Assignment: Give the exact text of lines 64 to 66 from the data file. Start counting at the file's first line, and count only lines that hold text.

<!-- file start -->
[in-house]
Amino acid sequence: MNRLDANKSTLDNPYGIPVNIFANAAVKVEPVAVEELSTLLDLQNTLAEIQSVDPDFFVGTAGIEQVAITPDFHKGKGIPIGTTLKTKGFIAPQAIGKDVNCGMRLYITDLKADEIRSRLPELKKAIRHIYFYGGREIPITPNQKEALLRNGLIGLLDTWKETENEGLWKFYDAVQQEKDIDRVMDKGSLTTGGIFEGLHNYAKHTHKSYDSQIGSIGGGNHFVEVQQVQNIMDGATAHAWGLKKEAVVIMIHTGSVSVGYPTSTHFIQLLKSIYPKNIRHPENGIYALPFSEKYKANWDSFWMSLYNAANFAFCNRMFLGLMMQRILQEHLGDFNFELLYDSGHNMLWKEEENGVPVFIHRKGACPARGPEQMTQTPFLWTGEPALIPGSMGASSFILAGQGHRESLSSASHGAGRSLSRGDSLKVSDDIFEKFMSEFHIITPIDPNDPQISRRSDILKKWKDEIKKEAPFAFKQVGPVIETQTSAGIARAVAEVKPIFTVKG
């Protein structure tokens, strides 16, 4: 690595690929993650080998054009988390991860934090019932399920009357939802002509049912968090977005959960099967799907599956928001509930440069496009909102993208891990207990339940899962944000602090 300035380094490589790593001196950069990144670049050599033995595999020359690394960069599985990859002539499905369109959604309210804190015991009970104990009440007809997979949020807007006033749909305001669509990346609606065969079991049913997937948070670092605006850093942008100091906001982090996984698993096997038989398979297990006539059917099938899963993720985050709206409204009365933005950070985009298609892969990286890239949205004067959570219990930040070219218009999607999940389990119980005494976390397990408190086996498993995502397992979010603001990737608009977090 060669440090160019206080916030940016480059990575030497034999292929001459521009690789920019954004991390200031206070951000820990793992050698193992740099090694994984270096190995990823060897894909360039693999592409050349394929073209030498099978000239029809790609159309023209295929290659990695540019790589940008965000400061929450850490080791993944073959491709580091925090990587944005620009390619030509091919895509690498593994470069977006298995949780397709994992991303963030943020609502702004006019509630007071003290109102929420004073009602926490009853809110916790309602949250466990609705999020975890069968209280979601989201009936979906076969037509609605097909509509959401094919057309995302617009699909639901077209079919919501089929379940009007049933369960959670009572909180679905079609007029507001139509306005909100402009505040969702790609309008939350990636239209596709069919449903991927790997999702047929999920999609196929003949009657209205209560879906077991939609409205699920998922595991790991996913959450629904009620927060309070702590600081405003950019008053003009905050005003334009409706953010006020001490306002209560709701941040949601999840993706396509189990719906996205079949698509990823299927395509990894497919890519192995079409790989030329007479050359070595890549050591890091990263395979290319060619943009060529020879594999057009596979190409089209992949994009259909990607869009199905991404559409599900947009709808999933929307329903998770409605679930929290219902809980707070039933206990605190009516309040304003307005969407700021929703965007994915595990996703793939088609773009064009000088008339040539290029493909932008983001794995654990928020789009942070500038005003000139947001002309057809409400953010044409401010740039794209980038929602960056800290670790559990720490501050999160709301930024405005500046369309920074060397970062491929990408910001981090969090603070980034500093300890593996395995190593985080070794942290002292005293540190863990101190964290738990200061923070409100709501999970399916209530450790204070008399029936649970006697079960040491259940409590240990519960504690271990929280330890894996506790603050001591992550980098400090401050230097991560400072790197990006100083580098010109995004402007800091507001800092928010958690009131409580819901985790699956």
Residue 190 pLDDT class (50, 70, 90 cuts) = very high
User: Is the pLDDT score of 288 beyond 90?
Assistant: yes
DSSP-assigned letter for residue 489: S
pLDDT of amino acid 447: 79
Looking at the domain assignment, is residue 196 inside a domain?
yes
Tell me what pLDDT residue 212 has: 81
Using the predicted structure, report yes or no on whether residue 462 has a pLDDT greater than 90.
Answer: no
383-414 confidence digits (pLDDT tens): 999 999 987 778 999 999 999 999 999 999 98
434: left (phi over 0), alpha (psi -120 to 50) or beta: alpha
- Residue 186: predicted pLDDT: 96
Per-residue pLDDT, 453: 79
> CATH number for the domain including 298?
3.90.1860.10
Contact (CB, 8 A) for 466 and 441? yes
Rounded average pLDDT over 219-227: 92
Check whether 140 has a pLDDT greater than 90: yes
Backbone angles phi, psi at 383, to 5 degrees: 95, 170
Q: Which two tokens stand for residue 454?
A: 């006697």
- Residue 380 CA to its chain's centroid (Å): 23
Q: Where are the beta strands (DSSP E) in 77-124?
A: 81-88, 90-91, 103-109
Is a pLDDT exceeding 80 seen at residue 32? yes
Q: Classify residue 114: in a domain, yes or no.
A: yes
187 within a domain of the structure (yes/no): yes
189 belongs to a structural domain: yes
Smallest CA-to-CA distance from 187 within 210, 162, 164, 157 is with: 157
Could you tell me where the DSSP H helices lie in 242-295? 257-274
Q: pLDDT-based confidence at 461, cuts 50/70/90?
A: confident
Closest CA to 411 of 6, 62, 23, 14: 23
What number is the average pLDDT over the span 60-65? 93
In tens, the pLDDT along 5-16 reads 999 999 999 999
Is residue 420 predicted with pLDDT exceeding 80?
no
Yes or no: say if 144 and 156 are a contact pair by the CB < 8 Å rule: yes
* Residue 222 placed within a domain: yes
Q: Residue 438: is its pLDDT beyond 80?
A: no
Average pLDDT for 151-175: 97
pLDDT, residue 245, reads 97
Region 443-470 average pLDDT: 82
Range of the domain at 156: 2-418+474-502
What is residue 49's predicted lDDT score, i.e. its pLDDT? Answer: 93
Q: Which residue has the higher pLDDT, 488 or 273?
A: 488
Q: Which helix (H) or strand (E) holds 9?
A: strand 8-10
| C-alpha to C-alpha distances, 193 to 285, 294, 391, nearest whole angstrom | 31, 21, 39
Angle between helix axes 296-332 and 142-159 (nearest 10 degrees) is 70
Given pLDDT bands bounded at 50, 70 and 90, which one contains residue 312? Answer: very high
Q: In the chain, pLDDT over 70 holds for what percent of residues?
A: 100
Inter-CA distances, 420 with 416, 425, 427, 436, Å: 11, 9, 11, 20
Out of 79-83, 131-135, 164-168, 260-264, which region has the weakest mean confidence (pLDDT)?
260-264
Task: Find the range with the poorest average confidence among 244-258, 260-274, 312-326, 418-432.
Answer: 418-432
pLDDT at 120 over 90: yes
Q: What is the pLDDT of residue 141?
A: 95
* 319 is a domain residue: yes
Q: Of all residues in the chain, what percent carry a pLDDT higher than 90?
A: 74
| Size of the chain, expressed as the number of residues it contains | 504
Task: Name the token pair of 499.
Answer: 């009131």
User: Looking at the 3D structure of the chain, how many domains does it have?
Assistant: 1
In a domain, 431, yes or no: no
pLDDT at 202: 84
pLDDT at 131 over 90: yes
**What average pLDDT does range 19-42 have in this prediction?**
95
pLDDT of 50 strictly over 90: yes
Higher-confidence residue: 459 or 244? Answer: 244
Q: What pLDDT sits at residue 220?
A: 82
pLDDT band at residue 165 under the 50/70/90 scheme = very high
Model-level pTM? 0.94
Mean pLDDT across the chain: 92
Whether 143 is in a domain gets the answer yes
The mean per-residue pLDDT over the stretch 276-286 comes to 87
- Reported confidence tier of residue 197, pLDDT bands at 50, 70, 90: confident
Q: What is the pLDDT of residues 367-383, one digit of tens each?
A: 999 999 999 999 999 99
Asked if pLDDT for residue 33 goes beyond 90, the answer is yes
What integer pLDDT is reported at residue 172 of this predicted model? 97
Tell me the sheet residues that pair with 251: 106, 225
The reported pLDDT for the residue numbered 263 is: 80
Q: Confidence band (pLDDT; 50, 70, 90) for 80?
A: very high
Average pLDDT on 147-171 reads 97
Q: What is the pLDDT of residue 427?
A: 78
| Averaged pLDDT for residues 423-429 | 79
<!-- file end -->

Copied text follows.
Task: Find the range with the poorest average confidence among 244-258, 260-274, 312-326, 418-432.
Answer: 418-432
pLDDT at 120 over 90: yes